The Last Producer
½*/**** Image C Sound B+
starring Burt Reynolds, Lauren Holly, Sean Astin, Benjamin Bratt
screenplay by Clyde Hayes
directed by Burt Reynolds
by Walter Chaw Seeing himself as Hollywood's last angry man (the film was originally and just as inexplicably called "The Last Producer"), Burt Reynolds, in the twilight of his benighted resurrection, jumps behind the camera to helm his self-starred anti-Hollywood tirade The Final Hit, which washes out as equal parts senior citizen grotesquery and unfocused satire. Wall-to-wall with Peter M. Robinson's excrescent scatty woo-bop score, The Final Hit, in discussing how Tinsel Town disdains the older generation of actors, proceeds to give the stage back to that same older generation and, in the process, demonstrates exactly why these people aren't getting much work.
Fading (and extinguished) luminaries such as the recently departed Rod Steiger, Ann-Margret, Charles Durning, Robert Goulet, and Reynolds himself mug and caper in desiccated simulacrums of former Method glory--if that. Drained of charisma and dangerously low on vitality, for each of this wheezing gallery to be outshone by B-lights like Greg Germain, Lauren Holly, and Benjamin Bratt is really the harshest criticism of the film that I can offer. It's not supposed to be pathetic, it just is.
Sonny Wexler (Reynolds) is a suit and open-shirt-wearing old school Hollywood personality who, in danger of losing a brilliant script (by Sean Astin...yep) to smarmy studio executive Damon Black (Bratt), enlists some questionable elements in the raising of fifty grand to keep his option. Steiger plays some kind of shady guy in a shroud of mumbles and failed attempts at not looking exhausted, and Ann-Margret gets to work her heavy-lidded narcosis into a character. The scenes the ex-siren shares with Reynolds are so repugnantly self-satisfied (all arch giggles and expansive Norma Desmond vamping) that I wouldn't have been surprised to see the corpse of von Stroheim playing "Toccata and Fugue" in the background.
All of The Final Hit has that whiff of dementia and eau de mothball--that forlorn wheedling aroma of marginally-talented performers realizing their days of bit-parts, camp posing, and audience indulgence have come to an end. The lack of irony exhibited by Reynolds, et al is the most tragic thing about the picture; I would have appreciated that as Reynolds states his contention that Hollywood "don't make 'em like they used to" for the umpteenth time, he didn't then jump into a beat-up gas guzzler like Bandit, J.J. McClure, or Stroker Ace and start handing it hillbilly-style to The Man.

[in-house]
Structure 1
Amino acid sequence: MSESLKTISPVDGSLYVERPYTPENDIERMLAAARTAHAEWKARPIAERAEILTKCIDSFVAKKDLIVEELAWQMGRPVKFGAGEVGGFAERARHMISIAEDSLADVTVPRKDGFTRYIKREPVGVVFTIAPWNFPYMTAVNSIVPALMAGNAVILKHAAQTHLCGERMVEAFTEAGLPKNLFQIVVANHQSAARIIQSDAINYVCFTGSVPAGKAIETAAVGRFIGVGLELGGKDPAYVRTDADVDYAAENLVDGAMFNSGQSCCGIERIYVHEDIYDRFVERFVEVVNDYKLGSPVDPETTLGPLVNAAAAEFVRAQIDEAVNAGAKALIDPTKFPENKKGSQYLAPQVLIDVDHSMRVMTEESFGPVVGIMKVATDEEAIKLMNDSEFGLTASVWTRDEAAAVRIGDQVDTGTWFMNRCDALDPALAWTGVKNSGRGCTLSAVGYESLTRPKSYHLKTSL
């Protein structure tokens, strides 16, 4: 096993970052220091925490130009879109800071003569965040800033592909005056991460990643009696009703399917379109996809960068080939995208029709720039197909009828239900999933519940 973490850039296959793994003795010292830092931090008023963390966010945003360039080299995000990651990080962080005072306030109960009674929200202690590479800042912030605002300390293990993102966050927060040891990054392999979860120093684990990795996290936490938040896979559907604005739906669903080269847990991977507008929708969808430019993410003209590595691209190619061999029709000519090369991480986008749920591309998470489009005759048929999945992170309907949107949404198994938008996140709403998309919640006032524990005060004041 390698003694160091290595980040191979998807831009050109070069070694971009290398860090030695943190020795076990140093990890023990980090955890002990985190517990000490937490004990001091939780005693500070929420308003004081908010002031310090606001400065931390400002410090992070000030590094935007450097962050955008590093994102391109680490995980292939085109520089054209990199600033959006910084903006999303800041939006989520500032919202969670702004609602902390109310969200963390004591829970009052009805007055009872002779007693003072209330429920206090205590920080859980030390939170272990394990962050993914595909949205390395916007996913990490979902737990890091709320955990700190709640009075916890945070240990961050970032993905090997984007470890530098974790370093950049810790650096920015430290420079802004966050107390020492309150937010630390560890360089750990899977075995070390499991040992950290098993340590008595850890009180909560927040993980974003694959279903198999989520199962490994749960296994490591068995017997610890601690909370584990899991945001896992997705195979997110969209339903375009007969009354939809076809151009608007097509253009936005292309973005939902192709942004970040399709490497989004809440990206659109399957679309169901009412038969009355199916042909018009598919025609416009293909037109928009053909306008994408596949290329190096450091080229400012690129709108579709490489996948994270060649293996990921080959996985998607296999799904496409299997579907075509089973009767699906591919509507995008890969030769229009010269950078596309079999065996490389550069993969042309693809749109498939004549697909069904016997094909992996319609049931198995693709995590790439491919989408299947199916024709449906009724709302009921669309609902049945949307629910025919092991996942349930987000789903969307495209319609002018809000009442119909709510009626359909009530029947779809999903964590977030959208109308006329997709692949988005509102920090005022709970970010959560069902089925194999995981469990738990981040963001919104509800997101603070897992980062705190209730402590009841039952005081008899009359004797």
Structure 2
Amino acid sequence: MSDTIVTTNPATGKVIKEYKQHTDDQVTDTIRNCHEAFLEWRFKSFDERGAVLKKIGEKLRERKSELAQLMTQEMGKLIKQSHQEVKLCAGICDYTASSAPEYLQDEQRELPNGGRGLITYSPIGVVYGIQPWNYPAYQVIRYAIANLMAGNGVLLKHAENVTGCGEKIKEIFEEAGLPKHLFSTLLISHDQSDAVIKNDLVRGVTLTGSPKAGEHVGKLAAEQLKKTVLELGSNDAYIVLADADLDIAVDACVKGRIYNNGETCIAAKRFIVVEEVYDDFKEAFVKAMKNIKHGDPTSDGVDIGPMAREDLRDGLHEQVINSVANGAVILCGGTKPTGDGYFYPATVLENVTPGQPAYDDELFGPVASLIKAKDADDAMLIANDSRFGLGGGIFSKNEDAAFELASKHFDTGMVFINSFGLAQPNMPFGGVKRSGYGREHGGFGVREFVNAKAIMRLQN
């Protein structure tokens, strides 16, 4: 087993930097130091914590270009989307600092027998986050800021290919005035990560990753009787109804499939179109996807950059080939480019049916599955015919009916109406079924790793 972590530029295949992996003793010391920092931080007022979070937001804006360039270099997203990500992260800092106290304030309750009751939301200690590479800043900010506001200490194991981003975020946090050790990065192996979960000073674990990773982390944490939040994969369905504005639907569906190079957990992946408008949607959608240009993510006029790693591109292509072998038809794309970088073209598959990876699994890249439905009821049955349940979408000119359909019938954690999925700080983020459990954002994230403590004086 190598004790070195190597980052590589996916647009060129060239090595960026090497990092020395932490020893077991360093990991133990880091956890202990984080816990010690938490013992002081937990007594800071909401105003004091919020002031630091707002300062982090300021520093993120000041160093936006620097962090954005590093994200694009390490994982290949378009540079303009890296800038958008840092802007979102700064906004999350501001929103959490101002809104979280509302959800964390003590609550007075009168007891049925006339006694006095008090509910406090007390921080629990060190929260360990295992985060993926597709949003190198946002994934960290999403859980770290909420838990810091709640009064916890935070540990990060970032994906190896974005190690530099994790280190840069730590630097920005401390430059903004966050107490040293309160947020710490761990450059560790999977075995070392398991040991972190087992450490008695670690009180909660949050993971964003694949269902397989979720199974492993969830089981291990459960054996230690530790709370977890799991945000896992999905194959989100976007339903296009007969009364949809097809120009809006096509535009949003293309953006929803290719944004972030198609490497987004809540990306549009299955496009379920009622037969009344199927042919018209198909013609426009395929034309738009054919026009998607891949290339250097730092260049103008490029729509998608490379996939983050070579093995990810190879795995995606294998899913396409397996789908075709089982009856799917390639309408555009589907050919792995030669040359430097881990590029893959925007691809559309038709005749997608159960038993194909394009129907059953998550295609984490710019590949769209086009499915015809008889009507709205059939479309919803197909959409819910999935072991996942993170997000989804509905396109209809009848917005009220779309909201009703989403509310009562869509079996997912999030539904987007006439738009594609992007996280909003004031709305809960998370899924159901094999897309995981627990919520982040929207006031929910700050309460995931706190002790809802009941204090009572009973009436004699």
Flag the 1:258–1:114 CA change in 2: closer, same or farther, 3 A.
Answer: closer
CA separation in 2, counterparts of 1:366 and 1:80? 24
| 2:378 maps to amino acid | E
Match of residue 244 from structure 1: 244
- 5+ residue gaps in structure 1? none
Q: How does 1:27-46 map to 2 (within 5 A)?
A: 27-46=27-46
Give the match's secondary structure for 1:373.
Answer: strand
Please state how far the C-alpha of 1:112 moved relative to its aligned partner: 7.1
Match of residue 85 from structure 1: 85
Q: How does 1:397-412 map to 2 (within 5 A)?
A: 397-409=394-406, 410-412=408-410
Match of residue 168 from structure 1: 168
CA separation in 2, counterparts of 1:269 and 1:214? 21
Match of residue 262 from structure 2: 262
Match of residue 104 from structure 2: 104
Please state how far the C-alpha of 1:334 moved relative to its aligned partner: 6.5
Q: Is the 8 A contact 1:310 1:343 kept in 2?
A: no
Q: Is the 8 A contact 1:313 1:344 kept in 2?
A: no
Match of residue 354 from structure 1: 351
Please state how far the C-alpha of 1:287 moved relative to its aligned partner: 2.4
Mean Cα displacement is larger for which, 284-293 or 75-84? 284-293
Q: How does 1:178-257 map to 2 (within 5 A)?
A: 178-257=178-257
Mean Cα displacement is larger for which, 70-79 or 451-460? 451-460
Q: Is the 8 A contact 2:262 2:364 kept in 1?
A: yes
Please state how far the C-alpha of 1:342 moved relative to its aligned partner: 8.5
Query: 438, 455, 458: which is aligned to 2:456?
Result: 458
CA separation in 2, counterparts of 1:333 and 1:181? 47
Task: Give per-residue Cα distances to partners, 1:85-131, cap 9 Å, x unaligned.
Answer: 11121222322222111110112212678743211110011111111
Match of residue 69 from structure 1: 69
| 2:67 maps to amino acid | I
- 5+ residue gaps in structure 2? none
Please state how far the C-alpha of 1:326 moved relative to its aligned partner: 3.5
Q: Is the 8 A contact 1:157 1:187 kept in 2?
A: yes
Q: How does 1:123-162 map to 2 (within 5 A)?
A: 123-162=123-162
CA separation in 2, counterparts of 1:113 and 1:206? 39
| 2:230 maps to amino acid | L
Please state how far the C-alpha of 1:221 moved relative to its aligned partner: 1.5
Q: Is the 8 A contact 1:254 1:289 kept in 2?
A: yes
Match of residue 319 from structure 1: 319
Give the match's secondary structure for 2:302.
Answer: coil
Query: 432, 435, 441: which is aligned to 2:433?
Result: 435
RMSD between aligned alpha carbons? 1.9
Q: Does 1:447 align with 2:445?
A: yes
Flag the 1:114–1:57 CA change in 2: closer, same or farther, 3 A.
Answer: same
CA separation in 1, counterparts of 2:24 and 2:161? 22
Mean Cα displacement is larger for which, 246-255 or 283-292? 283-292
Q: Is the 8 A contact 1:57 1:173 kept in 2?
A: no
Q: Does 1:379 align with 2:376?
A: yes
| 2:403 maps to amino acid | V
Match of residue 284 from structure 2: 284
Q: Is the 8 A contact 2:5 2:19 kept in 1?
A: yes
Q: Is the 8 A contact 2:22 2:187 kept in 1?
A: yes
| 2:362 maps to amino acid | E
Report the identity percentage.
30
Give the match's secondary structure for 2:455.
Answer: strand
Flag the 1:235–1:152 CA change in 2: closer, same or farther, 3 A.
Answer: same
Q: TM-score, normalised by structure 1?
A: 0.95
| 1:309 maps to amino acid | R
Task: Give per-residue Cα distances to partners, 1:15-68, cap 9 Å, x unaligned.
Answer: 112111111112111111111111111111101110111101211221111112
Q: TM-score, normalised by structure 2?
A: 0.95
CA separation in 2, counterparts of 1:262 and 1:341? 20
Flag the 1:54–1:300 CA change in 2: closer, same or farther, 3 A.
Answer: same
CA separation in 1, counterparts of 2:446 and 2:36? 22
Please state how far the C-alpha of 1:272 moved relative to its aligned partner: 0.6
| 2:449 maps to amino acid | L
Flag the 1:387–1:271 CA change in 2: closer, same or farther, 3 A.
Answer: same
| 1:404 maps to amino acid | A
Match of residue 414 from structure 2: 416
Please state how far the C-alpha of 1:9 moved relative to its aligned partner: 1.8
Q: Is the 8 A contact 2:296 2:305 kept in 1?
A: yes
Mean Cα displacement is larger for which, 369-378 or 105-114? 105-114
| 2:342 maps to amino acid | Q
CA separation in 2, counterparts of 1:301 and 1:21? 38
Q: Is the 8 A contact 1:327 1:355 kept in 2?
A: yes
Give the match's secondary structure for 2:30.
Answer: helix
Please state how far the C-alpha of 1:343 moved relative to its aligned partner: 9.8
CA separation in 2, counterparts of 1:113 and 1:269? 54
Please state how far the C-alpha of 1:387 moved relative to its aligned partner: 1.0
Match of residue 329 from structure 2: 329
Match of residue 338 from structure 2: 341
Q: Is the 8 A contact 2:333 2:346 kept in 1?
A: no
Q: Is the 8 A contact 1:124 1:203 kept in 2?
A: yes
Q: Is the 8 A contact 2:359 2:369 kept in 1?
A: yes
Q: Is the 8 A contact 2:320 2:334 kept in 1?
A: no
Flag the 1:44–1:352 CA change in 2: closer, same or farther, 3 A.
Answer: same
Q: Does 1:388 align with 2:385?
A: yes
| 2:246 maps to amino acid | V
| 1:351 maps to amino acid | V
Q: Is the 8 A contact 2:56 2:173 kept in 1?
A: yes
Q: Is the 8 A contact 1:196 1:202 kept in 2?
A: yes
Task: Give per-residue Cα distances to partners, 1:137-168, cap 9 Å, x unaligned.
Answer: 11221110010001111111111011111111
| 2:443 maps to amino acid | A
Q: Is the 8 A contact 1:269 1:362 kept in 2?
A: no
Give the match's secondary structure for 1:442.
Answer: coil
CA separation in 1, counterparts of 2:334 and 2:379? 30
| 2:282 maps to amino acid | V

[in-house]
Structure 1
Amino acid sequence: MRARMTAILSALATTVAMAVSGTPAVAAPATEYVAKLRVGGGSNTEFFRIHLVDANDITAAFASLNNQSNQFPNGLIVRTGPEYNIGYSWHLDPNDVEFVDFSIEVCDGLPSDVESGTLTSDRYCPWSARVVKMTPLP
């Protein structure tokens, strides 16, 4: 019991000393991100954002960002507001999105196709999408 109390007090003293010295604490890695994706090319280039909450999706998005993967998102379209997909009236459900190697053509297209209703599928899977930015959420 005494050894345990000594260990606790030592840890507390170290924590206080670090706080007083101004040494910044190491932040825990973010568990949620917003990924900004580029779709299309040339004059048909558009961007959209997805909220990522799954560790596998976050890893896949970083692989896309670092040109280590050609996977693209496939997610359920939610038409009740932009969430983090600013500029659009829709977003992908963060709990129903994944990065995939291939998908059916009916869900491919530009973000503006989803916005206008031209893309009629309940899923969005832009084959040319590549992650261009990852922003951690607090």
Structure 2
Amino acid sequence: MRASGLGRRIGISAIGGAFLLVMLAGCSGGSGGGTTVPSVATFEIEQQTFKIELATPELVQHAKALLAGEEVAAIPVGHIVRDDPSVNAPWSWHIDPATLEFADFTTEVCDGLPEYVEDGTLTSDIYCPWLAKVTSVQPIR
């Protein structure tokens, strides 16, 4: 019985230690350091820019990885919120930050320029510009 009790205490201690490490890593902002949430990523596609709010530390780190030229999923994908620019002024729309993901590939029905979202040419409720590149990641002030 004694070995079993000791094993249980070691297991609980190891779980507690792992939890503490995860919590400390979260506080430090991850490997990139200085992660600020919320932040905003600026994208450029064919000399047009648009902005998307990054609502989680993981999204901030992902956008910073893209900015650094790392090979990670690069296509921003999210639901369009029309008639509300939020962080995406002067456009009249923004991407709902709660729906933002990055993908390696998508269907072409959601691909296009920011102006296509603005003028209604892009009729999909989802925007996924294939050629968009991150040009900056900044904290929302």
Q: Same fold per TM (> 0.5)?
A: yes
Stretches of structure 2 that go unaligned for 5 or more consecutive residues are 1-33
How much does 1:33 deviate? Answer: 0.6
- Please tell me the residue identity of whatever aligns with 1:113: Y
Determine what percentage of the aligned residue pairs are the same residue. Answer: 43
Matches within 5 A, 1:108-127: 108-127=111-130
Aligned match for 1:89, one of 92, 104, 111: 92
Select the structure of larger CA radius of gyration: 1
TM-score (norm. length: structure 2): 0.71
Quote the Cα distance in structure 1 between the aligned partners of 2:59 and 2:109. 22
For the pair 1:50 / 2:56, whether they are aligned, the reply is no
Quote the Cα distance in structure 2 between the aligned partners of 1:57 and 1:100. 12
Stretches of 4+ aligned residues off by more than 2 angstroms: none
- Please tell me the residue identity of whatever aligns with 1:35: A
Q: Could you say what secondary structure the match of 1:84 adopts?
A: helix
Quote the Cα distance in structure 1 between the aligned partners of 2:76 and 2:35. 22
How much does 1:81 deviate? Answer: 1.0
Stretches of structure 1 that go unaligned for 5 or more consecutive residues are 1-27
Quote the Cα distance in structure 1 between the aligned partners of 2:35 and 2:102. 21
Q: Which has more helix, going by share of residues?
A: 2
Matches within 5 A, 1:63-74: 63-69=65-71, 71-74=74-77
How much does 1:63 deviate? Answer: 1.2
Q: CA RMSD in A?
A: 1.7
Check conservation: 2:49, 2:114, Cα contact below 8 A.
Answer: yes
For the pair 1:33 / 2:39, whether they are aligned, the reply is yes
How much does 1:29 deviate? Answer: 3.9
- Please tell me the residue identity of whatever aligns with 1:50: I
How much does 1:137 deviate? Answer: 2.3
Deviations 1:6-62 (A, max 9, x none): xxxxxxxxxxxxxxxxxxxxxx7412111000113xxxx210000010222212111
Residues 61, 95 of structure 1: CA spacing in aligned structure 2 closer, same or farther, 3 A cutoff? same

For Reynolds, who's personally responsible for a few of the worst films in history (the actor was notorious for choosing projects that showcased his Neanderthal machismo), to now be taking a stance for the old guard rings of a self-serving sense of entitlement and a mortally embarrassing inability to appraise himself and his career with anything resembling objectivity. Overlong at ninety minutes and betraying neither coherence nor wit, The Final Hit is a series of monologues and star moments for a collection of minor actors incapable of making their soliloquies compelling audition material for future roles in films by kitsch visionaries.
Artisan's sparse production value exhibits itself on their DVD presentation of The Final Hit. The 1.85:1 anamorphic video transfer is marred by contrast problems and general digital blockiness. The Dolby 5.1 mix is so irritating in its faithful reproduction of the score that one hardly notices a couple of nice rear-channel and 0.1 rumblings during a Ferrari demolition and a yee-haw slow-speed chase accented by Reynolds's sad gesticulations. There are no fundamental differences between the Dolby 5.1 mix and the 2-Channel Dolby Surround alternative save the two car chases. A seven-minute behind-the-scenes featurette that is a more passionate-than-usual round of bootlicking and back-patting (with Reynolds getting the lion's share of the attention) and a ridiculous trailer round out the blissfully sparse presentation. I can think of no hell hotter than a Reynolds director commentary. Originally published: July 14, 2002.